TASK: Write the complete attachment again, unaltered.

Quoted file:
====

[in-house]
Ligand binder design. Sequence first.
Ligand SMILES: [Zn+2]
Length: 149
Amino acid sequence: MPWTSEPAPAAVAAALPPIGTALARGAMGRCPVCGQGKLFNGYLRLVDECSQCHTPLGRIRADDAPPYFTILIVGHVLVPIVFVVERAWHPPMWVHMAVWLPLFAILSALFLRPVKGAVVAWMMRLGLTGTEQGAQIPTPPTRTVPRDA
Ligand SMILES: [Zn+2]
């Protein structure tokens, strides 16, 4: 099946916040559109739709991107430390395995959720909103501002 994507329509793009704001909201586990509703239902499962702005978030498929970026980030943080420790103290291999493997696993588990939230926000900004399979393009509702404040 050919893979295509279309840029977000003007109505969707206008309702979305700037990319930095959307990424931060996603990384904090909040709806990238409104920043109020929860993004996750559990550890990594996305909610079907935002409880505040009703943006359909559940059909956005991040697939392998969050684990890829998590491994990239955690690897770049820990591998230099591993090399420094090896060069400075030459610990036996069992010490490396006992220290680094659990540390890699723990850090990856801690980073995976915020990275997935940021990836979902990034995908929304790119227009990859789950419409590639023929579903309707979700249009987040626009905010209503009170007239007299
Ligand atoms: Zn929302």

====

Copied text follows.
[in-house]
Ligand binder design. Sequence first.
Ligand SMILES: [Zn+2]
Length: 149
Amino acid sequence: MPWTSEPAPAAVAAALPPIGTALARGAMGRCPVCGQGKLFNGYLRLVDECSQCHTPLGRIRADDAPPYFTILIVGHVLVPIVFVVERAWHPPMWVHMAVWLPLFAILSALFLRPVKGAVVAWMMRLGLTGTEQGAQIPTPPTRTVPRDA
Ligand SMILES: [Zn+2]
């Protein structure tokens, strides 16, 4: 099946916040559109739709991107430390395995959720909103501002 994507329509793009704001909201586990509703239902499962702005978030498929970026980030943080420790103290291999493997696993588990939230926000900004399979393009509702404040 050919893979295509279309840029977000003007109505969707206008309702979305700037990319930095959307990424931060996603990384904090909040709806990238409104920043109020929860993004996750559990550890990594996305909610079907935002409880505040009703943006359909559940059909956005991040697939392998969050684990890829998590491994990239955690690897770049820990591998230099591993090399420094090896060069400075030459610990036996069992010490490396006992220290680094659990540390890699723990850090990856801690980073995976915020990275997935940021990836979902990034995908929304790119227009990859789950419409590639023929579903309707979700249009987040626009905010209503009170007239007299
Ligand atoms: Zn929302």